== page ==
Phoenix is rebuilding — and completely “riggin’ for Wiggins” — but over the summer they went and got one cornerstone piece. Eric Bledsoe was one of the big trade chips on the market last year and the Suns got him as the point guard of the future (they sent Jared Dudley to the Clippers in a deal that should be a win for both sides).
Now the Suns are trying to lock Bledsoe up.
The Suns have until Halloween to lock Bledsoe up to a contract extension (if not he becomes a restricted free agent next summer) and they are trying to, reports arizonasports.com.
Nonetheless, general manager Ryan McDonough, while on Arizona Sports 620’s Burns & Gambo show Wednesday, agreed that Bledsoe does figure into the team’s long-term plans. McDonough said contract talks with the fourth-year player have gone “pretty well” to this point.
“If we’re not able to work out a deal (by Oct. 31), we would start next summer with Eric as a restricted free agent, but obviously we’re hoping to get something done before that,” the general manager said.
We’ll see if they can reach a deal. Bledsoe wants an eight-figure salary — and given the importance of the point guard that’s not unreasonable. The Suns could ultimately let the market set his price next summer then just match it, but that comes with the risk of unhappy players (see: Eric Gordon). Better to just lock him up.
Bledsoe should put up good numbers this season. New coach Jeff Hornacek wants to run and with Bledsoe and Goran Dragic in transition their should be opportunities. We’ll see this year how Bledsoe does with more minutes, having to guard bigger players (he’ll be at the two guard a lot) and how well he works off the ball. Can he distribute and lead, not just score?
There are questions, but not ones serious enough to keep the Suns from trying to get a number done.
When you hear player comparisons for Knicks rookie, the most common is Dirk Nowitzki — a European big with ridiculous shooting range and potential to embarrass anyone.
So did he grow up idolizing Dirk? Not so much.
Rather, like many of his generation, he grew up idolizing Kobe Bryant, he told Mike Francesa of WFAN.
“My favorite player growing up was Kobe. The Lakers were my team and I still love him.”
There is an entire generation of NBA players — and just fans — who would say the same thing.
In the interview, Porzingis laments his missed shots and turnovers, he thinks he can be a lot better. That is exactly what you want out of a rookie. It’s a huge adjustment playing at the NBA level, the speed of the game and IQ is a leap from Europe (or college). Recognizing the challenge is part of it.
There’s a lot to like in Porzingis. He could be special (we don’t know yet, we see only the potential). But idolizing Kobe — and if you understand the work he put in, the passion for the game — can be a good start.
(Hat tip NBA reddit)
If you’re looking for a “when are things going to go wrong for the Warriors” moment, we have one for you. But it may not be what you had hoped for.
Warriors’ interim head coach Luke Walton — the guy on the sidelines for the 15 (soon to be 16) game winning streak — had his car stolen during a crime spree, reports NBCBayArea.com.
One of the cars stolen during an Oakland Hills crime spree belongs to Golden State Warriors coach Luke Walton, Alameda County District Attorney Nancy O’Malley said late Monday.
Walton’s Mercedes Benz was stolen Tuesday by two suspects, who police believe are also responsible for a violent attack on a 75-year-old woman outside her home on Thursday. The suspects also took the woman’s car during the attack, according to police.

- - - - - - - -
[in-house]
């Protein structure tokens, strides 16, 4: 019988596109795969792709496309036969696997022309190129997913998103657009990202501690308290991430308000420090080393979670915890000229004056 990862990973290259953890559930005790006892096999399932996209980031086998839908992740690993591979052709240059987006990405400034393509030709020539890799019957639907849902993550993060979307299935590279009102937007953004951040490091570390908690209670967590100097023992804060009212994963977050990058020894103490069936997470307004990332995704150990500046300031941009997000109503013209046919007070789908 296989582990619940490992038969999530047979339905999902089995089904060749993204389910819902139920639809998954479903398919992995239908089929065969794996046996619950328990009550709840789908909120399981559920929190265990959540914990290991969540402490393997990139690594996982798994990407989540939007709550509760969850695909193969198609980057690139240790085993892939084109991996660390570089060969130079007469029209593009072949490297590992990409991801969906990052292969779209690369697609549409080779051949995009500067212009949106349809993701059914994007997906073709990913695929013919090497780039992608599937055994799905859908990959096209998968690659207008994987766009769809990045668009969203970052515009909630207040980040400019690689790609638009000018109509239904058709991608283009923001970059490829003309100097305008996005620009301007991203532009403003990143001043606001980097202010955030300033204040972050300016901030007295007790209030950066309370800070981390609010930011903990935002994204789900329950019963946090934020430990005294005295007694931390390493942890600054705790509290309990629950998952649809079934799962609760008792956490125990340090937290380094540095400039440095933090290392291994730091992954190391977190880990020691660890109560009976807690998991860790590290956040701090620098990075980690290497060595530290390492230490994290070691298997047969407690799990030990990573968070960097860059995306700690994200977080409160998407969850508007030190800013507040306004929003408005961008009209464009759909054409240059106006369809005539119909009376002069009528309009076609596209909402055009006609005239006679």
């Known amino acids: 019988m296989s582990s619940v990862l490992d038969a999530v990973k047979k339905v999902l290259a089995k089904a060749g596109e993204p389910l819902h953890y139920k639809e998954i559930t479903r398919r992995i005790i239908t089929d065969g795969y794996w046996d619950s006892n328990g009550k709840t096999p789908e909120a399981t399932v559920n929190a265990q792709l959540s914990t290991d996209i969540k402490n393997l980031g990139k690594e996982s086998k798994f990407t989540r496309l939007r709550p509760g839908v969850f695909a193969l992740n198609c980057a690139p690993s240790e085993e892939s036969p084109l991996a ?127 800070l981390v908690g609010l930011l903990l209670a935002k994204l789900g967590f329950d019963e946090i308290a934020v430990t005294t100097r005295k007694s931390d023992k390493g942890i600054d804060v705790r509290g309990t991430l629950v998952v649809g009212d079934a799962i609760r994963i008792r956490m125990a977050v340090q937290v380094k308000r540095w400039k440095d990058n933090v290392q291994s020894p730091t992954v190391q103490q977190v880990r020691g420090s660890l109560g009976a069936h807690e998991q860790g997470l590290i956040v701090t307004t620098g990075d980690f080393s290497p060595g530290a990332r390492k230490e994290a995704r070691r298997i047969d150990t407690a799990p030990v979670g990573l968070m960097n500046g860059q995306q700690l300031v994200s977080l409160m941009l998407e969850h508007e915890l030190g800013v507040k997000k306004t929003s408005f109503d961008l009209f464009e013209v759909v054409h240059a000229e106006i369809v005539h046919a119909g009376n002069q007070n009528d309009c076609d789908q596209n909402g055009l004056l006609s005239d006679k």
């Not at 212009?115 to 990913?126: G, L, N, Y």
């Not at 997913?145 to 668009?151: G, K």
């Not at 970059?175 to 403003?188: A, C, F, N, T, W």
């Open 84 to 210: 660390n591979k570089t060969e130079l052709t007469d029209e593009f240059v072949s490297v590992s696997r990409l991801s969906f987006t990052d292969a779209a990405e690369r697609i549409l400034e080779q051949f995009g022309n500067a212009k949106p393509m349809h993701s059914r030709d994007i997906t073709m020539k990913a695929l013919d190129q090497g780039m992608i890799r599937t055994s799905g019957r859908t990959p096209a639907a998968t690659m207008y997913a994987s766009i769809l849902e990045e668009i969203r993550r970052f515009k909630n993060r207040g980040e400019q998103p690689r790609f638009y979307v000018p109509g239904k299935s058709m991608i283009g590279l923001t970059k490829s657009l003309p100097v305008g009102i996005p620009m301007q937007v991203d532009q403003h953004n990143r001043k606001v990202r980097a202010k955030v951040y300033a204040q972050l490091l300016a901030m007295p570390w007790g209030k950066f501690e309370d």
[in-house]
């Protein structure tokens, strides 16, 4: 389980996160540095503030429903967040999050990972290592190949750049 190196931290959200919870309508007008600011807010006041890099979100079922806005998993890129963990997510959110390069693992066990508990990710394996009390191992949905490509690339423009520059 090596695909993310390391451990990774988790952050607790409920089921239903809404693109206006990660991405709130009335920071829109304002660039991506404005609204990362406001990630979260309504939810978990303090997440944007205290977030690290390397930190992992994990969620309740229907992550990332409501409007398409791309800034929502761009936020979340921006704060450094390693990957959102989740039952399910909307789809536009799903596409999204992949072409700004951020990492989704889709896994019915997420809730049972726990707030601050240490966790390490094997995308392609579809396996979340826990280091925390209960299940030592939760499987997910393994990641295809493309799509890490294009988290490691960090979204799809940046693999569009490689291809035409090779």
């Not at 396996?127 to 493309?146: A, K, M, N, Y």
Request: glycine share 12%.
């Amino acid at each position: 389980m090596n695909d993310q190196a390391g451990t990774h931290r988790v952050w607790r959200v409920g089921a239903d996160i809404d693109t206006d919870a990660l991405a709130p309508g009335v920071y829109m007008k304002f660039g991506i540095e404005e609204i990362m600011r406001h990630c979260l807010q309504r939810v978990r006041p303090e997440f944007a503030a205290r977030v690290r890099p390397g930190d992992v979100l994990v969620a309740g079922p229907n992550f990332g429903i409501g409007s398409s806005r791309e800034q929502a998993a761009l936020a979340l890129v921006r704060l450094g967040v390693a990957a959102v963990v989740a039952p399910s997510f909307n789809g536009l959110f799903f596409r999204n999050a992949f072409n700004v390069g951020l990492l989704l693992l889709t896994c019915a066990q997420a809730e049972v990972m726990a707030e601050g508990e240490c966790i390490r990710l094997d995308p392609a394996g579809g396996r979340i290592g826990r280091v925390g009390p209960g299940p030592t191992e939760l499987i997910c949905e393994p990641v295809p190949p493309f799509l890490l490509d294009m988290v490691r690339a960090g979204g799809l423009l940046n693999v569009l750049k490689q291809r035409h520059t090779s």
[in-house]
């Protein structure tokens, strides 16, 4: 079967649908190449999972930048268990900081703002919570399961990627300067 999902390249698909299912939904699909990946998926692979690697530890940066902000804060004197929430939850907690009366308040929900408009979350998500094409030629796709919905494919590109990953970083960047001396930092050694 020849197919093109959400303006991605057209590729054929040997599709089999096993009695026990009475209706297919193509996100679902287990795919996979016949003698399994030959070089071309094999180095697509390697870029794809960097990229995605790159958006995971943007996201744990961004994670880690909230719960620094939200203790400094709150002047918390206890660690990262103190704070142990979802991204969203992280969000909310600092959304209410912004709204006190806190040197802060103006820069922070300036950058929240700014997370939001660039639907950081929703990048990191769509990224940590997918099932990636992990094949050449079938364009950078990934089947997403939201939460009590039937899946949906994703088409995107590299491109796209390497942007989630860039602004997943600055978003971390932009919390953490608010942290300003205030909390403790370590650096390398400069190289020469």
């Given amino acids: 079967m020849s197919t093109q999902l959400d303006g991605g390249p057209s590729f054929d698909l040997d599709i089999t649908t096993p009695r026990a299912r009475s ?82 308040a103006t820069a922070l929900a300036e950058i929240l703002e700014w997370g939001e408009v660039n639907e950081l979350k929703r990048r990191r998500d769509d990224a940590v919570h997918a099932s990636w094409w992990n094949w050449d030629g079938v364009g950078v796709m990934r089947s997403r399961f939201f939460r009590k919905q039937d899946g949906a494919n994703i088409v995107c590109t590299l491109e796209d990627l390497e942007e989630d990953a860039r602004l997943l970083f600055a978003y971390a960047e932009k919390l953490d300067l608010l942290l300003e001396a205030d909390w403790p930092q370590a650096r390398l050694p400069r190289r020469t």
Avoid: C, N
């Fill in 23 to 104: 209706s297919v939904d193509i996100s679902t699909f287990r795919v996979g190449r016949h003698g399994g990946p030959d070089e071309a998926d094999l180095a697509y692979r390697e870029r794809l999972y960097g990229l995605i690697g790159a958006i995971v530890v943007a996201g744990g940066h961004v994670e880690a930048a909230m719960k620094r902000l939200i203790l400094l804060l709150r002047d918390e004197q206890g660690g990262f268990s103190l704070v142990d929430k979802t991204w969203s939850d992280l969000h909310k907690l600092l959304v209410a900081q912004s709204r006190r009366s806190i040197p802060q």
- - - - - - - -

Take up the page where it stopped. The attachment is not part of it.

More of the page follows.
Yikes. That’s serious.
I’m sure Steve Kerr has like 14 cars, he can loan one to Walton.
WASHINGTON (AP) — Pacers guard George Hill returned to the lineup Tuesday night against Washington after missing three games with an upper respiratory infection.
Hill is averaging 14 points and just under 37 minutes in 10 games this season. He was on the bench in case of emergency in Saturday’s victory over Milwaukee.
Coach Frank Vogel said Tuesday Hill’s infection had improved “to the point where he’s fine to play,” but would keep an eye out for fatigue after an 11-day layoff.
Remember how Adam Silver was preaching that the league didn’t want to change the intentional foul rule — the hack-a-Shaq strategy — because it was really about two players (DeAndre Jordan and Dwight Howard) and a handful of others now and then. The fact that it’s not basketball didn’t matter.
Well, it’s not just two — Miami’s Hassan Whiteside has gotten the treatment this season. He’s a 53.4 percent free throw shooter this season.
And he says bring it on. From Jason Lieser of the Palm Beach Post:
“I’m enjoying this,” he said. “Foul me so I can get a double-double and we can win. It’s not working, so keep fouling me.”
He’s even smart at not getting fouled.
Whiteside also is liking that teams are looking at their options against the best defense in the NBA — yes, Miami at 94 points allowed per 100 possessions, is the best defense in the NBA right now — and deciding to attack Whiteside.
“There’s teams that’s out there that say ‘Stay away from Hassan,’ and there’s teams that say, ‘We don’t care if Hassan’s down there. Attack Hassan.’ I love them teams that do that. God bless them coaches. I love them teams.”
Whiteside is not as great a defender as the block totals would indicate — if he doesn’t see a block in it, his rotations can be a bit slow. One scout recently called him a selfish defender to me recently, suggesting he is in it for the numbers, not the sacrifices needed for an elite defense. True or not, the Heat have an elite defense and Whiteside is at the heart of it.
And if the strategy is to try to exploit him, Whiteside plans to make people pay.